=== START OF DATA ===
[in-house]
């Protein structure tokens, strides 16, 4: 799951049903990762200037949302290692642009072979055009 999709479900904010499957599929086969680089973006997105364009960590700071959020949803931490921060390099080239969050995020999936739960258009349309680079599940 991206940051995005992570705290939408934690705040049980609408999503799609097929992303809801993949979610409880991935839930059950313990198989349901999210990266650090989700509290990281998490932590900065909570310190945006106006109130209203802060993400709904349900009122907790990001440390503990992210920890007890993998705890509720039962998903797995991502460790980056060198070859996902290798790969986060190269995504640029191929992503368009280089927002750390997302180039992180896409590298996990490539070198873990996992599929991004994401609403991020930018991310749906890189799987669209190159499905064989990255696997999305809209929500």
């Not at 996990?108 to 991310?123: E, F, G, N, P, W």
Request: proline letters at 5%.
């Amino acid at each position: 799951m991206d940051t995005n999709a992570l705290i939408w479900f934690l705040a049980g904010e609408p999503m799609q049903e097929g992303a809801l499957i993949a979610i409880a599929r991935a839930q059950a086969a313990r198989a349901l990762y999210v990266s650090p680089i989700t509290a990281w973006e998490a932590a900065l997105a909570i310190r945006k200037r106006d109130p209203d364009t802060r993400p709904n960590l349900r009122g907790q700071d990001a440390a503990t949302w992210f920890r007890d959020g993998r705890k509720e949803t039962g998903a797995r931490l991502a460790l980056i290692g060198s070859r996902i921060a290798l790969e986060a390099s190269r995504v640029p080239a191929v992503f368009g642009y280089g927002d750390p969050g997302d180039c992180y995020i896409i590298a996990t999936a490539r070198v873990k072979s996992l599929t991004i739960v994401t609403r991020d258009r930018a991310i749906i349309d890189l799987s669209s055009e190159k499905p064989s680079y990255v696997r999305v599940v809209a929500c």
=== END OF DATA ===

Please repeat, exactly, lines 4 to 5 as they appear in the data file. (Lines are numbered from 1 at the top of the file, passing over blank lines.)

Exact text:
Request: proline letters at 5%.
């Amino acid at each position: 799951m991206d940051t995005n999709a992570l705290i939408w479900f934690l705040a049980g904010e609408p999503m799609q049903e097929g992303a809801l499957i993949a979610i409880a599929r991935a839930q059950a086969a313990r198989a349901l990762y999210v990266s650090p680089i989700t509290a990281w973006e998490a932590a900065l997105a909570i310190r945006k200037r106006d109130p209203d364009t802060r993400p709904n960590l349900r009122g907790q700071d990001a440390a503990t949302w992210f920890r007890d959020g993998r705890k509720e949803t039962g998903a797995r931490l991502a460790l980056i290692g060198s070859r996902i921060a290798l790969e986060a390099s190269r995504v640029p080239a191929v992503f368009g642009y280089g927002d750390p969050g997302d180039c992180y995020i896409i590298a996990t999936a490539r070198v873990k072979s996992l599929t991004i739960v994401t609403r991020d258009r930018a991310i749906i349309d890189l799987s669209s055009e190159k499905p064989s680079y990255v696997r999305v599940v809209a929500c």